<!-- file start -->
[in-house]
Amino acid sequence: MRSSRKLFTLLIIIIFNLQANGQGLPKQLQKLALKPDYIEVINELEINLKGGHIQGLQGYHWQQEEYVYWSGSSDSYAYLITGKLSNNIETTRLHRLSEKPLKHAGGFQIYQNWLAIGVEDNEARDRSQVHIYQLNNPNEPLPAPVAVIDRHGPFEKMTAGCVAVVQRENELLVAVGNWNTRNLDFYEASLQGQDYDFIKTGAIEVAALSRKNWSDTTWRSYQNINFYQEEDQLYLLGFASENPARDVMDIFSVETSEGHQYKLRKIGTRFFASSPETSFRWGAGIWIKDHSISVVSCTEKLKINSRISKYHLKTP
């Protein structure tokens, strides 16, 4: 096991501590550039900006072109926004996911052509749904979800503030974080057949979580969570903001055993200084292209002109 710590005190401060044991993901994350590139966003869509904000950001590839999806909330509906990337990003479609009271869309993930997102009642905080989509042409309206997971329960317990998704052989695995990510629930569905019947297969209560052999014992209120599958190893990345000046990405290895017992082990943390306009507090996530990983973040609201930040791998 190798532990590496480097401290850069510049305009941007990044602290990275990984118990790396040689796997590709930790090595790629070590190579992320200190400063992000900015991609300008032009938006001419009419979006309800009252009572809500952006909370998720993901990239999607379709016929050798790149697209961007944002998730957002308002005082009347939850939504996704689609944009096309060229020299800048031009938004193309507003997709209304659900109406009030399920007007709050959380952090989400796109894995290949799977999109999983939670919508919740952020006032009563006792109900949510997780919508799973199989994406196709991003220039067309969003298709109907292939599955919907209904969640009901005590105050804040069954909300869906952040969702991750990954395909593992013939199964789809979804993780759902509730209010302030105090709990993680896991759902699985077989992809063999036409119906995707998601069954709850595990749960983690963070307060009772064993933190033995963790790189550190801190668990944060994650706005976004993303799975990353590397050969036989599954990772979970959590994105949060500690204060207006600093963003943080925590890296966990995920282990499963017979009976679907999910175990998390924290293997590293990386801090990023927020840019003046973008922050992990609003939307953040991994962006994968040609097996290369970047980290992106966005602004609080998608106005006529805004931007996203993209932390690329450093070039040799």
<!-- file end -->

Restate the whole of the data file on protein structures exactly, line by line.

[in-house]
Amino acid sequence: MRSSRKLFTLLIIIIFNLQANGQGLPKQLQKLALKPDYIEVINELEINLKGGHIQGLQGYHWQQEEYVYWSGSSDSYAYLITGKLSNNIETTRLHRLSEKPLKHAGGFQIYQNWLAIGVEDNEARDRSQVHIYQLNNPNEPLPAPVAVIDRHGPFEKMTAGCVAVVQRENELLVAVGNWNTRNLDFYEASLQGQDYDFIKTGAIEVAALSRKNWSDTTWRSYQNINFYQEEDQLYLLGFASENPARDVMDIFSVETSEGHQYKLRKIGTRFFASSPETSFRWGAGIWIKDHSISVVSCTEKLKINSRISKYHLKTP
């Protein structure tokens, strides 16, 4: 096991501590550039900006072109926004996911052509749904979800503030974080057949979580969570903001055993200084292209002109 710590005190401060044991993901994350590139966003869509904000950001590839999806909330509906990337990003479609009271869309993930997102009642905080989509042409309206997971329960317990998704052989695995990510629930569905019947297969209560052999014992209120599958190893990345000046990405290895017992082990943390306009507090996530990983973040609201930040791998 190798532990590496480097401290850069510049305009941007990044602290990275990984118990790396040689796997590709930790090595790629070590190579992320200190400063992000900015991609300008032009938006001419009419979006309800009252009572809500952006909370998720993901990239999607379709016929050798790149697209961007944002998730957002308002005082009347939850939504996704689609944009096309060229020299800048031009938004193309507003997709209304659900109406009030399920007007709050959380952090989400796109894995290949799977999109999983939670919508919740952020006032009563006792109900949510997780919508799973199989994406196709991003220039067309969003298709109907292939599955919907209904969640009901005590105050804040069954909300869906952040969702991750990954395909593992013939199964789809979804993780759902509730209010302030105090709990993680896991759902699985077989992809063999036409119906995707998601069954709850595990749960983690963070307060009772064993933190033995963790790189550190801190668990944060994650706005976004993303799975990353590397050969036989599954990772979970959590994105949060500690204060207006600093963003943080925590890296966990995920282990499963017979009976679907999910175990998390924290293997590293990386801090990023927020840019003046973008922050992990609003939307953040991994962006994968040609097996290369970047980290992106966005602004609080998608106005006529805004931007996203993209932390690329450093070039040799």